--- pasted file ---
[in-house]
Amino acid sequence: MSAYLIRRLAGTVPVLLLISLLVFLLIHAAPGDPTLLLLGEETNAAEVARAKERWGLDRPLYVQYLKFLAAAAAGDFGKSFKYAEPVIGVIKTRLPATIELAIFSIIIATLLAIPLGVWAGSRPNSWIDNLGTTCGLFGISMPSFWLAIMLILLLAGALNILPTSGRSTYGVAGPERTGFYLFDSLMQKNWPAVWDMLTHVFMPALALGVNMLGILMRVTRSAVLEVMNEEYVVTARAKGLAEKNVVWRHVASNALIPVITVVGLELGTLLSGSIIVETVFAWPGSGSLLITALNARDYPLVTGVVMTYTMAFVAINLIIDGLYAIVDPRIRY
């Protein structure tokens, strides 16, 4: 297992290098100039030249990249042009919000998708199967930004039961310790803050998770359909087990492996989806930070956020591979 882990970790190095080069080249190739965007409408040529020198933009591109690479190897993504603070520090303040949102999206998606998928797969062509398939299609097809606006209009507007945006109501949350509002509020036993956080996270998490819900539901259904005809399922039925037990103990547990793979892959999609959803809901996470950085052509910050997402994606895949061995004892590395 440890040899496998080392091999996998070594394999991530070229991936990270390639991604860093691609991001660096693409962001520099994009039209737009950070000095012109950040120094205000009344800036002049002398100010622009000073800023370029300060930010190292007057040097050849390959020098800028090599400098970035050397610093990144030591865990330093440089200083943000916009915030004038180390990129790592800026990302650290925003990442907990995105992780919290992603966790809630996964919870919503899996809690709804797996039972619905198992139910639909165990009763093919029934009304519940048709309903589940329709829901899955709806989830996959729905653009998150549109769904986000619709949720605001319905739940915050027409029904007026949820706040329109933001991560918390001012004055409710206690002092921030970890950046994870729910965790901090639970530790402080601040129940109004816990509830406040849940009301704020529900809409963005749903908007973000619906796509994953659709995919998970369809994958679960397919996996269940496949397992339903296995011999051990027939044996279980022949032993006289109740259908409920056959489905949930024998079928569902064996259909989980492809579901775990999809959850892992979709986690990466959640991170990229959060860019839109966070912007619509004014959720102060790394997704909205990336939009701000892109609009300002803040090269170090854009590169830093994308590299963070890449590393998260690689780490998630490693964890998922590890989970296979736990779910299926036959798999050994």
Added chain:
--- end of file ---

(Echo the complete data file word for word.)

[in-house]
Amino acid sequence: MSAYLIRRLAGTVPVLLLISLLVFLLIHAAPGDPTLLLLGEETNAAEVARAKERWGLDRPLYVQYLKFLAAAAAGDFGKSFKYAEPVIGVIKTRLPATIELAIFSIIIATLLAIPLGVWAGSRPNSWIDNLGTTCGLFGISMPSFWLAIMLILLLAGALNILPTSGRSTYGVAGPERTGFYLFDSLMQKNWPAVWDMLTHVFMPALALGVNMLGILMRVTRSAVLEVMNEEYVVTARAKGLAEKNVVWRHVASNALIPVITVVGLELGTLLSGSIIVETVFAWPGSGSLLITALNARDYPLVTGVVMTYTMAFVAINLIIDGLYAIVDPRIRY
């Protein structure tokens, strides 16, 4: 297992290098100039030249990249042009919000998708199967930004039961310790803050998770359909087990492996989806930070956020591979 882990970790190095080069080249190739965007409408040529020198933009591109690479190897993504603070520090303040949102999206998606998928797969062509398939299609097809606006209009507007945006109501949350509002509020036993956080996270998490819900539901259904005809399922039925037990103990547990793979892959999609959803809901996470950085052509910050997402994606895949061995004892590395 440890040899496998080392091999996998070594394999991530070229991936990270390639991604860093691609991001660096693409962001520099994009039209737009950070000095012109950040120094205000009344800036002049002398100010622009000073800023370029300060930010190292007057040097050849390959020098800028090599400098970035050397610093990144030591865990330093440089200083943000916009915030004038180390990129790592800026990302650290925003990442907990995105992780919290992603966790809630996964919870919503899996809690709804797996039972619905198992139910639909165990009763093919029934009304519940048709309903589940329709829901899955709806989830996959729905653009998150549109769904986000619709949720605001319905739940915050027409029904007026949820706040329109933001991560918390001012004055409710206690002092921030970890950046994870729910965790901090639970530790402080601040129940109004816990509830406040849940009301704020529900809409963005749903908007973000619906796509994953659709995919998970369809994958679960397919996996269940496949397992339903296995011999051990027939044996279980022949032993006289109740259908409920056959489905949930024998079928569902064996259909989980492809579901775990999809959850892992979709986690990466959640991170990229959060860019839109966070912007619509004014959720102060790394997704909205990336939009701000892109609009300002803040090269170090854009590169830093994308590299963070890449590393998260690689780490998630490693964890998922590890989970296979736990779910299926036959798999050994």
Added chain: